Film & History participated in the combined meetings of the national Popular Culture Association/national American Culture Association (PCA/ACA) and the Southwest Regional Popular Culture Association/American Culture Association (SWPCA/ACA) during the month of April. The national associations met jointly with the regional, resulting in a critical mass of panels of interest to scholars and the general audience alike: total attendance was in the vicinity of 1800 people. Film and television studies were represented by areas such as Film, Film Adaptations, Shakespeare on Film, Television, Media Bias and Distortion. Robert Fyne (RJFyne@aol.com) coordinated the Film & History panels for the national organizations this year, but will be replaced by a younger scholar in the future, Barry Langford of Leeds University.


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Figure 10

There is a synergy between Film & History and the popular culture groups. They were all created around 1970 when the professions were ignoring—even scoffing at— the study of popular materials. Film & History took a lead which it has never relinquished in the study of motion pictures within a historical context. Under Ray Browne and others, the Popular Culture groups explored a variety of mainstream cultural materials—to include popular architecture, foods and culture, comic books, and films—which were deemed below the dignity of Academe. The results are obvious: we now know more about the dynamics and aesthetics of ordinary culture than ever before and, as a result, we have ways of teaching our students in ways unheard of in years past. Most of us in these areas feel strongly that a media age needs both media study and media literacy; in encouraging such work, Film & History and the journals which flourished from Bowling Green in the early 1970s have made all the difference.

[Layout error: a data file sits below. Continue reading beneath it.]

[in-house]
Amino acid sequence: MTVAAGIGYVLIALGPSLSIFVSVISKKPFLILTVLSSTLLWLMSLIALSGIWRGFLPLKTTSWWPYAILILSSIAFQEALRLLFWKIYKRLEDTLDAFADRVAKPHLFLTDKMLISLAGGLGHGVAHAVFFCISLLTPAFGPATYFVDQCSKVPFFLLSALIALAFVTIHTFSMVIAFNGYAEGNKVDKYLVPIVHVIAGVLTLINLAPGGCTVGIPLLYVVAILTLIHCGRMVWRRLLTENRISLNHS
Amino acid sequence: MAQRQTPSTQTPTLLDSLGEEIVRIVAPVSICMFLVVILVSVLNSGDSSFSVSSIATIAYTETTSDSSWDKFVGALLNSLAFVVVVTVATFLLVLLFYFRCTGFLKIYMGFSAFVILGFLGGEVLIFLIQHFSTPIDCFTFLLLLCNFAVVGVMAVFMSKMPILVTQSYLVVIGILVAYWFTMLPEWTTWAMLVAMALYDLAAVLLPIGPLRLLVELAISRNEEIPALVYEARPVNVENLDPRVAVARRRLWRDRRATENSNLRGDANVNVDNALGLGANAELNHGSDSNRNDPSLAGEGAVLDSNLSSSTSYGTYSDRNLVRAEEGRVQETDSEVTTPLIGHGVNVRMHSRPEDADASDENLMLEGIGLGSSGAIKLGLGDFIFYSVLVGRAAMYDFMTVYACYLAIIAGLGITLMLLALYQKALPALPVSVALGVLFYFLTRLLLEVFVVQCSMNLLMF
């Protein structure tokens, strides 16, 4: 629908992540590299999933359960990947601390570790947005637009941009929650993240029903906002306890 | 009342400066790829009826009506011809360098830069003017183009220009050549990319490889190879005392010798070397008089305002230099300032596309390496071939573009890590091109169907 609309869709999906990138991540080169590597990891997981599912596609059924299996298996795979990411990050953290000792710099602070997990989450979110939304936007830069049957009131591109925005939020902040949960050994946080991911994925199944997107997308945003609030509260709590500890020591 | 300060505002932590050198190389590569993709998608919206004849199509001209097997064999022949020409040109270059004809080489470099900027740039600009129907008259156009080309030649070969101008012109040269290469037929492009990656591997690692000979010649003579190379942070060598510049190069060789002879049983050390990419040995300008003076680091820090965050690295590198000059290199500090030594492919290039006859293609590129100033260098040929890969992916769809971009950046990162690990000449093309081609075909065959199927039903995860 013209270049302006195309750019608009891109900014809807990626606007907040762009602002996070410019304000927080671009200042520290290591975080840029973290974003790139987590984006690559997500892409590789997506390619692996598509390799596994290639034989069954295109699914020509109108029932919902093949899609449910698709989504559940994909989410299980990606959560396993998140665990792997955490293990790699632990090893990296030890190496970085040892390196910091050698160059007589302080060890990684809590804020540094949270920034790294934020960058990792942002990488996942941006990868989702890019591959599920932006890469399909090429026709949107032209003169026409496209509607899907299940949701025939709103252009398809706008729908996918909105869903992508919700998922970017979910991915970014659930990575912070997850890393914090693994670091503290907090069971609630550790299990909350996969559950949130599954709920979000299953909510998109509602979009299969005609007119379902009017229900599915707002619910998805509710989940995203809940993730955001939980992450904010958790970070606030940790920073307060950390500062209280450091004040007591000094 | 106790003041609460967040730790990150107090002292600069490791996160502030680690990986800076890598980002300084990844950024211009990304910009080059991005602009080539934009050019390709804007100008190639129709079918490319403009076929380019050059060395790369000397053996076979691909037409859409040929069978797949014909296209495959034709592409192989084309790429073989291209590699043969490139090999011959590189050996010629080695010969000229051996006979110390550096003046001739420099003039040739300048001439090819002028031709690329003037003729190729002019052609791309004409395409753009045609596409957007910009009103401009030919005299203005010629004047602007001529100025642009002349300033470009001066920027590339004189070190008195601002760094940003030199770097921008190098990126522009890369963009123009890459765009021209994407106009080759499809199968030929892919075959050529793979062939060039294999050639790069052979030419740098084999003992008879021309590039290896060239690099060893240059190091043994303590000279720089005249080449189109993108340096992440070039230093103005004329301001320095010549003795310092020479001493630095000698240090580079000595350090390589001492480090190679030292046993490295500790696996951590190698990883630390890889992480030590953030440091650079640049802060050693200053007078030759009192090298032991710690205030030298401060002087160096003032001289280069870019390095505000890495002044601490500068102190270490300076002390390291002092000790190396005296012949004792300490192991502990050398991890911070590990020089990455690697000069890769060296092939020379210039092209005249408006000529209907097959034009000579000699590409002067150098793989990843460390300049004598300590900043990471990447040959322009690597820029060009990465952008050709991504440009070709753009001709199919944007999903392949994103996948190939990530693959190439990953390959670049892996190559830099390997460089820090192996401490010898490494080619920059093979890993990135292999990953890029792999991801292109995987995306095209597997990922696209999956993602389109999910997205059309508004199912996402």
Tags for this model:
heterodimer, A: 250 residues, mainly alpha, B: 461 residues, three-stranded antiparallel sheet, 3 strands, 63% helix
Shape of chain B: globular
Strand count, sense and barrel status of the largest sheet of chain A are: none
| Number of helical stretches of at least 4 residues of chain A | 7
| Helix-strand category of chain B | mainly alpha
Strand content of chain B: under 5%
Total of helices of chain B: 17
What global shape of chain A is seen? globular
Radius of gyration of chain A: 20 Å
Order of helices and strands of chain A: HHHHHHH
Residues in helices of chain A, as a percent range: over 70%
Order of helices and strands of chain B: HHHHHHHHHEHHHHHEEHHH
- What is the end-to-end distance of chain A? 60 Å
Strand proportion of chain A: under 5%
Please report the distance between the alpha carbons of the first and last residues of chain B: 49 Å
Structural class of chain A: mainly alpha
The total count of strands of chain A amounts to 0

Film & History Teaching and Archival Materials Available


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Figure 11

The CD-ROM has been one of the great breakthroughs for scholarly resources. Since 1999, Film & History has published annually such electronic anthologies of information for libraries and individuals around the globe. The most ambitious project was the Film & History CD-ROM for 26 Years, a capacious tool which contains every word published by the journal from 1970 to 1996. This collection is word-searchable using Adobe Acrobat, a software loaded on the disk for those who do not have it in their computers. Creating this behemoth was a daunting project; indeed we had to go through the entire process twice to get it right! But now it is available for libraries and researchers and provides a very simple way to acquire those 26 [End Page 4] years worth of our pioneering journal—although we now have complete back sets in hard copy (ie, paper) ready for binding by libraries and we welcome orders of the hard sets. Indeed, the University of London just acquired a hard-copy set for its students and researchers. (Some librarians are fanatical about paper records and have no desire to acquire new technologies! While this resistance may seem backward, I have heard cogent arguments from thoughtful librarians about why they choose to go the hard copy route.)

Since 1999, Film & History has produced a CD-ROM annually. Each contains two books by John E. O'Connor, now out of print: American History/American Film and American History/American Television. In addition, there are from 30-40 juried articles by authors from across the globe. Due to our thematic emphasis in the hard-copy version of Film &History, we were unable to publish many worthy (and approved) articles which do not fit into our announced topic; the CD-ROM annuals give us an electronic venue for such research. Each year, we also include caches of primary materials, items which graduate students could use for their M.A. thesis projects and which professional scholars will be able to tap for teaching or writing. Each CD-ROM Annual also has both audio and video dimensions. These are virtual treasure troves of materials in our field and should be in every library which subscribes to Film & History.